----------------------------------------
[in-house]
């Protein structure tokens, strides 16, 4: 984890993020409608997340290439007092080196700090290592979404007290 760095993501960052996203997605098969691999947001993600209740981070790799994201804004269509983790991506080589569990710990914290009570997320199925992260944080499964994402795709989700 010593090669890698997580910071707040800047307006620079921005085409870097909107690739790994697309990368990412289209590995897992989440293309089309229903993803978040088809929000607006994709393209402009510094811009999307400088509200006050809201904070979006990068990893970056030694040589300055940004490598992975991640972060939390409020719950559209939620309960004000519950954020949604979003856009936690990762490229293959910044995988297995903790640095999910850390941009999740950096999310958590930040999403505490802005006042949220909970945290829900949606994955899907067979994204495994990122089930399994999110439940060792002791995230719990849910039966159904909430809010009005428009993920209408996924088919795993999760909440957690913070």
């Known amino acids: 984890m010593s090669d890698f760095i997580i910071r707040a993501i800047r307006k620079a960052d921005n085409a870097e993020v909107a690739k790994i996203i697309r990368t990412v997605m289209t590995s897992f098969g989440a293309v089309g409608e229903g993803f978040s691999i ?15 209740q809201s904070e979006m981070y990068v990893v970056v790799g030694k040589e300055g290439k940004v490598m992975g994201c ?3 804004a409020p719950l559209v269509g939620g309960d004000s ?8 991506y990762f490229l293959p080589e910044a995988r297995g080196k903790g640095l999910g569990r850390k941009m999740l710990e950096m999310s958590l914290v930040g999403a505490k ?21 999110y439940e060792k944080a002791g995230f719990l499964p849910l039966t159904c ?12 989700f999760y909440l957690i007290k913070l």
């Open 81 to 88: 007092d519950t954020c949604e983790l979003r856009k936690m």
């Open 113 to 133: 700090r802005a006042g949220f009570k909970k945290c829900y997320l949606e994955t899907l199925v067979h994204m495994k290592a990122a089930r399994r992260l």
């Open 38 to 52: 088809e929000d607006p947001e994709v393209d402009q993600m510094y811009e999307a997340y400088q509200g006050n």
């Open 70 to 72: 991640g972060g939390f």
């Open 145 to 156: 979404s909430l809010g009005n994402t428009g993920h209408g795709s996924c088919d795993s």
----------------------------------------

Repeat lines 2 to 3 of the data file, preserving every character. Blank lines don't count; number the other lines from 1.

């Protein structure tokens, strides 16, 4: 984890993020409608997340290439007092080196700090290592979404007290 760095993501960052996203997605098969691999947001993600209740981070790799994201804004269509983790991506080589569990710990914290009570997320199925992260944080499964994402795709989700 010593090669890698997580910071707040800047307006620079921005085409870097909107690739790994697309990368990412289209590995897992989440293309089309229903993803978040088809929000607006994709393209402009510094811009999307400088509200006050809201904070979006990068990893970056030694040589300055940004490598992975991640972060939390409020719950559209939620309960004000519950954020949604979003856009936690990762490229293959910044995988297995903790640095999910850390941009999740950096999310958590930040999403505490802005006042949220909970945290829900949606994955899907067979994204495994990122089930399994999110439940060792002791995230719990849910039966159904909430809010009005428009993920209408996924088919795993999760909440957690913070």
């Known amino acids: 984890m010593s090669d890698f760095i997580i910071r707040a993501i800047r307006k620079a960052d921005n085409a870097e993020v909107a690739k790994i996203i697309r990368t990412v997605m289209t590995s897992f098969g989440a293309v089309g409608e229903g993803f978040s691999i ?15 209740q809201s904070e979006m981070y990068v990893v970056v790799g030694k040589e300055g290439k940004v490598m992975g994201c ?3 804004a409020p719950l559209v269509g939620g309960d004000s ?8 991506y990762f490229l293959p080589e910044a995988r297995g080196k903790g640095l999910g569990r850390k941009m999740l710990e950096m999310s958590l914290v930040g999403a505490k ?21 999110y439940e060792k944080a002791g995230f719990l499964p849910l039966t159904c ?12 989700f999760y909440l957690i007290k913070l």